I thought I'd paint this model with rattle-can paints, a decision I came to regret for a reason that has nothing to do with the model. I bought two spray cans of Testors olive drab to paint the appropriate parts of this kit. The paint from the first can went on fine and looked nice. When I used the second can to paint the other paints, its olive drab paint went on nicely too, but it was noticeably darker than the olive drab of the first can.....@%#&@%&@%*!!!!!! I bought a third can...its paint matched that of the first can so I used this one to cover as much of darker shades from of the second can but couldn't get them all. I muttered some nasty words and rationalized that maybe someone in the army did the same years ago which is the explanation I'll use if anyone remarks that my model has different shades of olive drab.
The Gun and Gun Carriage
As is usual when building models, one has to make decisions about what to paint first before gluing or gluing before painting and this kit is just like that. With eight pieces making up the gun barrel and its cradle, one can expect some sanding, inspecting, perhaps some filling (I used Mr. Surface 500) and sanding again. I don't remember any other sanding and filling on the gun carriage and gun.
Part #96, the gun carriage's crane for moving artillery shells onto the rammer chute is spartan, just one piece. If you want to detail it with cables and a shell carrier, you'll need to refer to photos that show those items on the real cranes.
The Lifting Forks
Two hoist cylinders (Parts # 22) fit into each lifting fork to help connect it to the gun carriage. The ones for the rear lifting fork fit fine. Those for the front lifting fork, however, are a tiny bit short, maybe one or two millimeters, of reaching the lifting hooks on the gun carriage; I'll have to figure a way to lengthen them to make that connection.
Sanding and Scraping
The two .50-caliber machine guns to be mounted on the roofs of the transporters' cabs confused me. In other army vehicles with such arrangements, I've seen openings in the roofs for the gunners to stand up in the vehicles while manning the guns. The roofs for the atomic cannon transporters have no such openings.
Most photos of the real transporters showed them without the machine gun rings and I think I found only one that showed a transporter with a machine gun on its roof.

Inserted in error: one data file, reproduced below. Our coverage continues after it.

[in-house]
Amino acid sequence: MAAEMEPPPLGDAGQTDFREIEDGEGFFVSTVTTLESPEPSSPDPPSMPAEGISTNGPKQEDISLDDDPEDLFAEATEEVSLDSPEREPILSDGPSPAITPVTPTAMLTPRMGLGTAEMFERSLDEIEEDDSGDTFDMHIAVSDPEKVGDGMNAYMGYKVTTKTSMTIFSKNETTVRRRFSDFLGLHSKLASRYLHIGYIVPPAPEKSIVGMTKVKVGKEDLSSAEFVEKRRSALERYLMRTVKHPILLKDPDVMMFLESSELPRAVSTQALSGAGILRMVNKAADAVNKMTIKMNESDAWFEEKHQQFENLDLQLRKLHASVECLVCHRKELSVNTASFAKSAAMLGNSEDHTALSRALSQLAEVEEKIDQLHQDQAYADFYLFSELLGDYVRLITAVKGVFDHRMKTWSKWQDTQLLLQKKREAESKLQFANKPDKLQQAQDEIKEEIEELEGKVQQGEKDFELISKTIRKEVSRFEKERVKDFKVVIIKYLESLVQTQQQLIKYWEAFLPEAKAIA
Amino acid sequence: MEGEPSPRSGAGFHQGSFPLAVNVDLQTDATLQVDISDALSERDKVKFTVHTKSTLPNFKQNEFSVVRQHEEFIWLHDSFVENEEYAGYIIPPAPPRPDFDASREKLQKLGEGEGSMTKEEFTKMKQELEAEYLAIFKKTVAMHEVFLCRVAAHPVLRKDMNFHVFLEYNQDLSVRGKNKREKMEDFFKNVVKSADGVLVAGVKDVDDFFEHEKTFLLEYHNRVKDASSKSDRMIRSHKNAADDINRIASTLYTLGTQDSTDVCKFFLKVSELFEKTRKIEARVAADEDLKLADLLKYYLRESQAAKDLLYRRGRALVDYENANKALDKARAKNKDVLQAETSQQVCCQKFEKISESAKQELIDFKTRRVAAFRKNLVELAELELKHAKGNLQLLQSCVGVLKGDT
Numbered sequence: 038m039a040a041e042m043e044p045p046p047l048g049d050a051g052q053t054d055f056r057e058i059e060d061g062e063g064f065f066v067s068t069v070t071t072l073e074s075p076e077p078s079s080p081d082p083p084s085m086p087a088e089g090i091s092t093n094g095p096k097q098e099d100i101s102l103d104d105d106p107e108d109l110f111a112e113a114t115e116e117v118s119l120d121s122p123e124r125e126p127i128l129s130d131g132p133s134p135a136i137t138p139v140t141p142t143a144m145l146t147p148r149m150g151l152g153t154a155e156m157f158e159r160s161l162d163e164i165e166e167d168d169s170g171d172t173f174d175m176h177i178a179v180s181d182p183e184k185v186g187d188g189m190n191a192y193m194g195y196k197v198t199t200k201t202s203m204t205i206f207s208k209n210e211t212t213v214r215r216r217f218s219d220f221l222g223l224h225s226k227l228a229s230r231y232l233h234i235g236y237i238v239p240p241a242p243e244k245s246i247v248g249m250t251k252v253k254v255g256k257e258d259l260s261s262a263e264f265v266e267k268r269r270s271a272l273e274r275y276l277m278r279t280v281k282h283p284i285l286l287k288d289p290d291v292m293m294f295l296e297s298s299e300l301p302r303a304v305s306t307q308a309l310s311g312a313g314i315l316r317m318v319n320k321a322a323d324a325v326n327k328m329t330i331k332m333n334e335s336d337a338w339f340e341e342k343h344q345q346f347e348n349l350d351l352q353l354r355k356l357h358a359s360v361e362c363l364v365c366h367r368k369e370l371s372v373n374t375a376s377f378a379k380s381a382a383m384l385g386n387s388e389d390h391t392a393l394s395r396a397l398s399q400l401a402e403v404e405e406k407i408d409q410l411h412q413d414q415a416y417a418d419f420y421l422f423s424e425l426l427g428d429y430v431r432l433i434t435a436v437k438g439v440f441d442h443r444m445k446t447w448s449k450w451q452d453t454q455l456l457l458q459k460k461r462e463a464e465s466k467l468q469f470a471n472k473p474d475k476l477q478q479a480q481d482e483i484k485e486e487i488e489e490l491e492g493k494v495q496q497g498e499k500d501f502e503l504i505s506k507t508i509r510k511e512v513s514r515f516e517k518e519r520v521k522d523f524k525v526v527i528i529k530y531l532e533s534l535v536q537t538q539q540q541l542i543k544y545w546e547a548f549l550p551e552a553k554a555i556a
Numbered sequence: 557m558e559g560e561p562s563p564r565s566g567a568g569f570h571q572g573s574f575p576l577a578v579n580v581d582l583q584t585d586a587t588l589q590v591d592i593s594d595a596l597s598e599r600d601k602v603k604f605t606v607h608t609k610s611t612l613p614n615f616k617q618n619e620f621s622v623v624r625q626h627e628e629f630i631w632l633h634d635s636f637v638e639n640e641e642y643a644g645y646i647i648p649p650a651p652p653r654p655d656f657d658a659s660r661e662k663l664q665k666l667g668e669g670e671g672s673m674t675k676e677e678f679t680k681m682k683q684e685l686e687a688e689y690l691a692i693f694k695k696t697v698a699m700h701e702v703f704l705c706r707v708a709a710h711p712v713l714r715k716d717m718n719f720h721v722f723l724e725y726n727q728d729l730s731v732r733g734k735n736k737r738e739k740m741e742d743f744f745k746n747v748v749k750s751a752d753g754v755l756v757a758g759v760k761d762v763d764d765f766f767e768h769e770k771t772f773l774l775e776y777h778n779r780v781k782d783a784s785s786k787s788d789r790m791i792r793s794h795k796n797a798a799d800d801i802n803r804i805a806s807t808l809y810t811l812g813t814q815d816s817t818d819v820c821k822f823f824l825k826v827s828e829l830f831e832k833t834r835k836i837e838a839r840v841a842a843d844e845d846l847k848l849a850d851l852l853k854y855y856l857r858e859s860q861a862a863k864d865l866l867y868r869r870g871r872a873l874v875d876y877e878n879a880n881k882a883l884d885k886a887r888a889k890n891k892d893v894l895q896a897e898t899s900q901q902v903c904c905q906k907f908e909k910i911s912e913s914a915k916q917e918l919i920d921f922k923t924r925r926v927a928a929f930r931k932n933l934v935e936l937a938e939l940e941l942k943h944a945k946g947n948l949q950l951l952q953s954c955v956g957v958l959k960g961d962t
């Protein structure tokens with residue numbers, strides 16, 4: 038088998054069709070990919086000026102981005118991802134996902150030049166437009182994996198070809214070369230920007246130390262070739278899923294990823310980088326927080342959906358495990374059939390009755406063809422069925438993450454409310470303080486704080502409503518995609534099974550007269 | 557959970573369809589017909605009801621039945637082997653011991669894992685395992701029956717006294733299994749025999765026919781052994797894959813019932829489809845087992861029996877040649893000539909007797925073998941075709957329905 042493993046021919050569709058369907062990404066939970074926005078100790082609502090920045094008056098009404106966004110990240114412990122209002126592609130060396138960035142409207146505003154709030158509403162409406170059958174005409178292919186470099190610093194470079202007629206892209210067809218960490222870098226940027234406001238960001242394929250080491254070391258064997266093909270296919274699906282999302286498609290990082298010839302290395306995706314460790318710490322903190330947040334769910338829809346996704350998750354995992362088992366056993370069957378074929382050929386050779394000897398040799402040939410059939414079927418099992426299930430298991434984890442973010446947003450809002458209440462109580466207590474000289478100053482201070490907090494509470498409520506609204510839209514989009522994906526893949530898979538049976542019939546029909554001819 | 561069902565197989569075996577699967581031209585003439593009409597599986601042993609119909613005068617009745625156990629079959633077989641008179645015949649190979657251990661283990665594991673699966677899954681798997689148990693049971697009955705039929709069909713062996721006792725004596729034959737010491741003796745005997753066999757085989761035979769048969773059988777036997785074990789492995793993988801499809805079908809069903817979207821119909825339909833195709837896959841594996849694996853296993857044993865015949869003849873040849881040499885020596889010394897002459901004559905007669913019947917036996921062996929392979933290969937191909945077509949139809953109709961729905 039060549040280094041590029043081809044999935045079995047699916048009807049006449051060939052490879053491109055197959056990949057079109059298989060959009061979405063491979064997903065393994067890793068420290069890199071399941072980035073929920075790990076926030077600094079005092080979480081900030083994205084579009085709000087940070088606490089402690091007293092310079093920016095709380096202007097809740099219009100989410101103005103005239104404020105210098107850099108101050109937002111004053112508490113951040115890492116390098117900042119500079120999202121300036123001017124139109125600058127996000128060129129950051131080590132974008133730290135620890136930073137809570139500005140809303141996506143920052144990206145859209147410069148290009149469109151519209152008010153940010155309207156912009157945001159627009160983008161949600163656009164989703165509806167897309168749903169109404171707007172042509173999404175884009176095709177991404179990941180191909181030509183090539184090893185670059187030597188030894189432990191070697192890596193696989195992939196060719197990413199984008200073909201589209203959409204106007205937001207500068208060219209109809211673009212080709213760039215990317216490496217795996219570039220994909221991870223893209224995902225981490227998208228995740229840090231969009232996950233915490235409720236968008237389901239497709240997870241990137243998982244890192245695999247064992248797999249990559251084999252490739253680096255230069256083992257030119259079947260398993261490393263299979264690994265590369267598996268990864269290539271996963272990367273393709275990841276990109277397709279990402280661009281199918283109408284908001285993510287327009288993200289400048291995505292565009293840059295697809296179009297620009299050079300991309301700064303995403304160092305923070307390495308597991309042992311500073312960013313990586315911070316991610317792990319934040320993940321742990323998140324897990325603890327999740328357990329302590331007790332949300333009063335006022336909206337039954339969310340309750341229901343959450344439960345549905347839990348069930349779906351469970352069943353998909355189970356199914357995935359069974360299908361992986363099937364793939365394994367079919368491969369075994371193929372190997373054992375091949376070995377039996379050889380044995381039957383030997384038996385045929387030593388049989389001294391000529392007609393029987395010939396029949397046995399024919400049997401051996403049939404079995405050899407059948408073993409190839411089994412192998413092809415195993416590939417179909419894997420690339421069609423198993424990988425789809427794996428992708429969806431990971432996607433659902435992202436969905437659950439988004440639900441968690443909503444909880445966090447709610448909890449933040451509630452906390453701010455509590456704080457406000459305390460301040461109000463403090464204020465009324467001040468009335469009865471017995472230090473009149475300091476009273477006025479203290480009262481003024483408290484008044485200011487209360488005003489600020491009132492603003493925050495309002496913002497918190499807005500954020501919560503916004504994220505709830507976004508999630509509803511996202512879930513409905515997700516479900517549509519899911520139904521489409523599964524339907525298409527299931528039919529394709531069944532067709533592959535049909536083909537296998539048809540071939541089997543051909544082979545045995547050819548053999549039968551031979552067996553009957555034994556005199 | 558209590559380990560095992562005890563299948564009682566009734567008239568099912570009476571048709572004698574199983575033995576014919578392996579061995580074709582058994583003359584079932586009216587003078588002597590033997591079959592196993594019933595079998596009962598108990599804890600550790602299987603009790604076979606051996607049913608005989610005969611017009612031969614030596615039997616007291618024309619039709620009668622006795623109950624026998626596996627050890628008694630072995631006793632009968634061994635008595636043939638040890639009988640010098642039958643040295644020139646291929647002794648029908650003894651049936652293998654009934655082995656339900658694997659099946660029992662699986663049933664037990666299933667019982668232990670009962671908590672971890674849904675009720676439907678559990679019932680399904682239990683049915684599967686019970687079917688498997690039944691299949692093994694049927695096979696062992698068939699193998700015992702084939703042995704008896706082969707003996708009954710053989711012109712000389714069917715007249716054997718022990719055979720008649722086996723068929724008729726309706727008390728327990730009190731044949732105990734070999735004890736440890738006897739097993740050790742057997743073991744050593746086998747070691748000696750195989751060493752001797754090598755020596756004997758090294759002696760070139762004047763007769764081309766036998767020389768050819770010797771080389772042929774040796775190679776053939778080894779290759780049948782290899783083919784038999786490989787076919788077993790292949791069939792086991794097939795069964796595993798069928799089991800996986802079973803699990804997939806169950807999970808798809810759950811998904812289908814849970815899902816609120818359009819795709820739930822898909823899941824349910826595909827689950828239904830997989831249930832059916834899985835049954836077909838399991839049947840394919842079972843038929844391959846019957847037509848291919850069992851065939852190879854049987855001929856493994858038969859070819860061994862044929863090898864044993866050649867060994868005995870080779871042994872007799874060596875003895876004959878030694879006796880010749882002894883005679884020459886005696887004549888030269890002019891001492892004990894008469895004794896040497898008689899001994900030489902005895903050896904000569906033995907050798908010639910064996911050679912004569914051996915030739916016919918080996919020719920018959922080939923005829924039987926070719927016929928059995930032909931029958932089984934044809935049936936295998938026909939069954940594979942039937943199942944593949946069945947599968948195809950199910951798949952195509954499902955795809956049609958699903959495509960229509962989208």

Some parts that form the drivers' cabs and engine compartments don't fit snug and need some work before gluing to fit properly. The interiors are sparse and leave plenty of room for adding details.
The decals went on without problems. I did my usual method of dipping a decal into water and letting it sit on my work table for a few moments while brushing a 50-50 white glue/water mix on where the decal is to be applied. Even if you have matte surfaces, this keeps the carrier film of the decals from showing.....and saves a modeler from having to apply glossy coats before applying decals. I owe Randy Fields and Marvin Howell, both of IPMS Ft. Crook in Omaha, NE, a tip of the hat for teaching me that trick.
I assembled the two artillery shells and sanded their seams. Photos show various ways to depict the shells so you have your choice of styles. I didn't assemble the ammunition cart because I just didn't like it...it looks too scrawny to be transporting artillery shells this size but since I haven't hung around armor and artillery much, who am I to know?
As for the figures representing the crew, they look like they were made out of Play-doh with rounded features. One guy had his mouth open wide like the person depicted in Edvard Munch's painting, "The Scream." I'd prefer to use some 1/35 guys even if they're a tad short by scale.
When you attach the transporters to the gun carriage, you'll see why the gun barrel of the model is designed to slide back and forth--not to reproduce the gun's recoil motion but so it doesn't punch through the rear transporter's cab. Nothing in the instructions informs you how the gun barrel is to be set for when the transporters are attached.
And in the End....
I don't know if the kit is still in production but I have seen it around. Revell's re-issue of Renwal's Atomic Cannon (#7811) retails for $56.99.
Thank you to Revell for the review kit.